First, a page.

From an early age I was taught to be mindful of how I present myself.
Never walk in a store with my hood on.
Be careful with who I’m in public with.
Don’t draw too much attention.
Keep my pants pulled up.
Place my hands on the steering wheel if I’m pulled over.
Always be respectful, even if I’m disrespected.
Granted, these all have led me to be a very responsible person,
But I can guarantee there aren’t any white kids who have to know this.
Those kids don’t have to get “The Talk.”
Those kids aren’t told they can’t drive the car they want because they might get pulled over, because “they look suspicious” then get sent to jail. Or worse.
Those kids don’t have to change or cut their hair because “it doesn’t fit the standards of the school.”
Those kids don’t have to worry about their name being “proper” enough for the job they want.
Those kids don’t have to live with the fact that they could do everything right in life and still could be killed before their 20th birthday.
You may think these kids have it made—
But what they don’t have is pride.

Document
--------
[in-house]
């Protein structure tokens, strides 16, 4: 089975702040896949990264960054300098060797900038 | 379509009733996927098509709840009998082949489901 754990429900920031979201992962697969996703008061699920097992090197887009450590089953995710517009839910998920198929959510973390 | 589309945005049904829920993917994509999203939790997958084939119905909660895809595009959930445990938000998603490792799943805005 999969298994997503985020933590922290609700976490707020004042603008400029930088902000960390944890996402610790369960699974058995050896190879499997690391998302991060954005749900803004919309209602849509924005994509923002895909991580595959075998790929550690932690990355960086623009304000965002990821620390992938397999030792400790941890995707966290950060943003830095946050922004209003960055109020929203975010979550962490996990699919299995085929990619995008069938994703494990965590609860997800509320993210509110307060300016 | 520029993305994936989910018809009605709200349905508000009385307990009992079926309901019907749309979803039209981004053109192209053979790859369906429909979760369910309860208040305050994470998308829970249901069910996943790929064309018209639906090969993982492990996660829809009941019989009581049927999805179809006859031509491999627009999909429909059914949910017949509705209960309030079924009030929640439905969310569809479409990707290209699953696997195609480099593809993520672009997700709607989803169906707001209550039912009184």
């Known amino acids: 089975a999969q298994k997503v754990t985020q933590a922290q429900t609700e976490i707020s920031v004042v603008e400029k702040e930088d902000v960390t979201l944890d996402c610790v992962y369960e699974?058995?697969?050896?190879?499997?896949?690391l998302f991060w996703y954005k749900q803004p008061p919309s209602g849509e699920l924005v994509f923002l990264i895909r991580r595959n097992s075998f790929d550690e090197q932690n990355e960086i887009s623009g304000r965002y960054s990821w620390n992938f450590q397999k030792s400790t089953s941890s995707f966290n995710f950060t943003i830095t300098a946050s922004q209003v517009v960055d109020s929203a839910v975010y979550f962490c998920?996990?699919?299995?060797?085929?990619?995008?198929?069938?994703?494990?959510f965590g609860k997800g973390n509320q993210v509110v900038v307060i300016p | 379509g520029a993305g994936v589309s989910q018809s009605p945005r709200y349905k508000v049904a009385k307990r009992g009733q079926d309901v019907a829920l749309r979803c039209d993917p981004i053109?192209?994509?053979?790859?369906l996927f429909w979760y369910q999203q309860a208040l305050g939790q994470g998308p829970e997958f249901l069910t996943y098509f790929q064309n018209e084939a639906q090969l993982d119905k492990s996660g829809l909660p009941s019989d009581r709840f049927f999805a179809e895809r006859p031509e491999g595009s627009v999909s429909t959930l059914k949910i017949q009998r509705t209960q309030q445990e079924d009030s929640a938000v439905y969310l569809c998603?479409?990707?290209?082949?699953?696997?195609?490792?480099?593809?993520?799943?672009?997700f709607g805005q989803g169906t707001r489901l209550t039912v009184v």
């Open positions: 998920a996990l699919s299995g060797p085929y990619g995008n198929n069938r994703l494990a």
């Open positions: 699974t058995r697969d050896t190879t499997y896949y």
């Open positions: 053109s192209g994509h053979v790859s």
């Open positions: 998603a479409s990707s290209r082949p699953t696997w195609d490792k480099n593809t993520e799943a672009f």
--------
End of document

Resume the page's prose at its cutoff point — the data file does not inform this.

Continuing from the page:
No one can make me feel ashamed about the way I look.
Because that’s a huge part of why I am the person I am today.
I have the advantage, whether anybody sees it that way or not.
Being black is not something to overcome,
But something to embrace.
See my brown skin
All this melanin
Is a gift to me
Every “problem” it may come with
Is nothing I can’t handle
It’s nothing I haven’t seen before
Nothing new to me
And no one can make me feel ashamed for this brown skin.
DeAnthony Logwood is a junior at Overton High School. He has been a part of the Creative Writing Option program for three years. He is a part of the track/cross country team and is involved in JROTC and many other activities throughout school.